A few weeks ago in the Supreme court nomination hearings, Senator Marsha Blackburn (TN-R) asked a question to then Judge Ketanji Brown Jackson to define what the term woman means, to which the judge responded that she was not a biologist and could not answer the question. Political theater in the age of televised hearings and social media soundbites aside, this type of question has a clear answer given our common sense understanding of what it means to be biologically a man or woman, as well as how God has clearly spoken to our nature as human beings made in his image. Outside the throes of the sexual revolution bent on redefining sexuality in our own image and by our own desires, this question would have struck most past generations as completely ridiculous given the clear distinctions between the sexes and the biological realities at play.
Well after the around the clock media coverage of the hearings and Judge Jackson’s subsequent confirmation to the high court, I bring this question back up because while it has a very straightforward common sense answer, it also reminds me of the need for deep philosophical and theological thinking as it encourages us to consider what is means in this instance and to inquire deeper into our nature as human beings. What does it even mean to be human? Is our nature simply tied to our attributes as male or female? Or is there something even more profound that defines what it means to be a man or woman? Asking these questions in no way doubts the clear created distinction between men or women, nor does it give credence to our culture’s fixation on defining our own realities under the auspices of expressive individualism and the pursuit of complete moral autonomy.
Outside of the political and cultural agendas at work in this particular situation, I think it can be a worthwhile pursuit to think deeply on these types of questions instead of just appealing simply to common sense. We should pause and dwell on these types of foundational questions not in a pursuit of defining our own realities, but for understanding the God-given realities of our common life together in more robust and profound ways.
Writing about the need to think deeper on some of the most foundational questions of metaphysics and epistemology, the German philosopher Immanuel Kant writes in Prolegomena to Any Future Metaphysic,
To appeal to ordinary common sense when insight and science run short, and not before, is one of the subtle discoveries of recent times, whereby the dullest windbag can confidently take on the most profound thinker and to hold his own with him. So long as a small residue of insight remains, however, one would do well to avoid resorting to this emergency call…Sound common sense and speculative understanding are both useful, but each in its own way; the one, when it is a matter of judgements that find their immediate application in experience, the other, however, when judgements are to be made in a universal mode, out of mere concepts, as in metaphysics, where what calls itself…sound common sense has not judgement whatsoever. (10)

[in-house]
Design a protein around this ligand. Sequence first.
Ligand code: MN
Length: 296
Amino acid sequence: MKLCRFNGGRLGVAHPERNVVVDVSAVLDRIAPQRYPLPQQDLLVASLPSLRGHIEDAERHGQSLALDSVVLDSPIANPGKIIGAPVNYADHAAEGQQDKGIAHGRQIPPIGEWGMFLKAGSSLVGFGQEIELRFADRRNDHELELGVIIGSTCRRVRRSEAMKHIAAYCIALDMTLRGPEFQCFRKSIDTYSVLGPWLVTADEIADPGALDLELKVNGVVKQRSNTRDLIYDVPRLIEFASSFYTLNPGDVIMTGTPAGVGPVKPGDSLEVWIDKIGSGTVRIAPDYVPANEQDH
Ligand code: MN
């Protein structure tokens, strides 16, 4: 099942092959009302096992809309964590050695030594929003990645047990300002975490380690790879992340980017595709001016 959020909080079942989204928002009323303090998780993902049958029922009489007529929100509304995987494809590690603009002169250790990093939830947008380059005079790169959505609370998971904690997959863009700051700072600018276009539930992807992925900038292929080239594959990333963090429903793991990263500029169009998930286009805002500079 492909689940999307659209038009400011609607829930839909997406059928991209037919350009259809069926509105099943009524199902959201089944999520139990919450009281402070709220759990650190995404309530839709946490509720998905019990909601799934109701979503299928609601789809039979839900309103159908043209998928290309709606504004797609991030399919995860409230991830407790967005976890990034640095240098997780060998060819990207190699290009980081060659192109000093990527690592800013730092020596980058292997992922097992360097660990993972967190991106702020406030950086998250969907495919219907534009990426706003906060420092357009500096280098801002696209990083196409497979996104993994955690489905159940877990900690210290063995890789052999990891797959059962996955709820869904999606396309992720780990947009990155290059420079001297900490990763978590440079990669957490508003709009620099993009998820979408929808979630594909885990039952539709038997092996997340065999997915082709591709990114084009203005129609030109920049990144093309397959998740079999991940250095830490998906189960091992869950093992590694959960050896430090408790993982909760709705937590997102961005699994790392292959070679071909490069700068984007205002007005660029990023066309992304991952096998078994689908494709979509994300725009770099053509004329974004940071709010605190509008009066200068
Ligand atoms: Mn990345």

While Kant here is speaking to the need to think deeply about questions of science, nature, and metaphysics, I think that his point about not immediately appealing to common sense when a “small residue of insight remains” can be an instructive point for all who are called into the life of mind. Those to whom God has called and given the abilities to pursue a life of intellectual work must step past the easy answers or trite platitudes when faced with deep questions on some of the most foundational aspects of life. This does not mean that one must seek to redefine the realities that we know instinctively but that we do not stop our intellectual inquiry at the level of common sense. This is one of the main reasons why I love the study of theology, ethics, and philosophy. Each in their own way push us past what might seem to most to be common sense to seek greater depth and knowledge of the questions at hand.
Many have rightfully shown that the answer to the question asked of Judge Jackson is straightforward and common sense — especially in a time of massive discord being sown by those seeking to define reality by their internal desires and feelings — but it also points to the need to think deeply about what something is (metaphysics) and how we know something to be true (epistemology). Both of these philosophical disciplines naturally coincide with ethics which is what we are to do in light of truth.
In an age of rampant confusion on the most basic aspects of human existence, we not only need to be resolute in speaking to the truth of what God has spoken but also to seek deeper answers than simply claiming something is common sense. While the answers may be common sense, those called to the life of the mind are designed by God in order to press further into the nature of reality and God’s created order as we seek to equip the Church to “always [be] prepared to make a defense to anyone who asks [us] for a reason for the hope that is in [us]; yet [to] do it with gentleness and respect.” (1 Peter 3:15)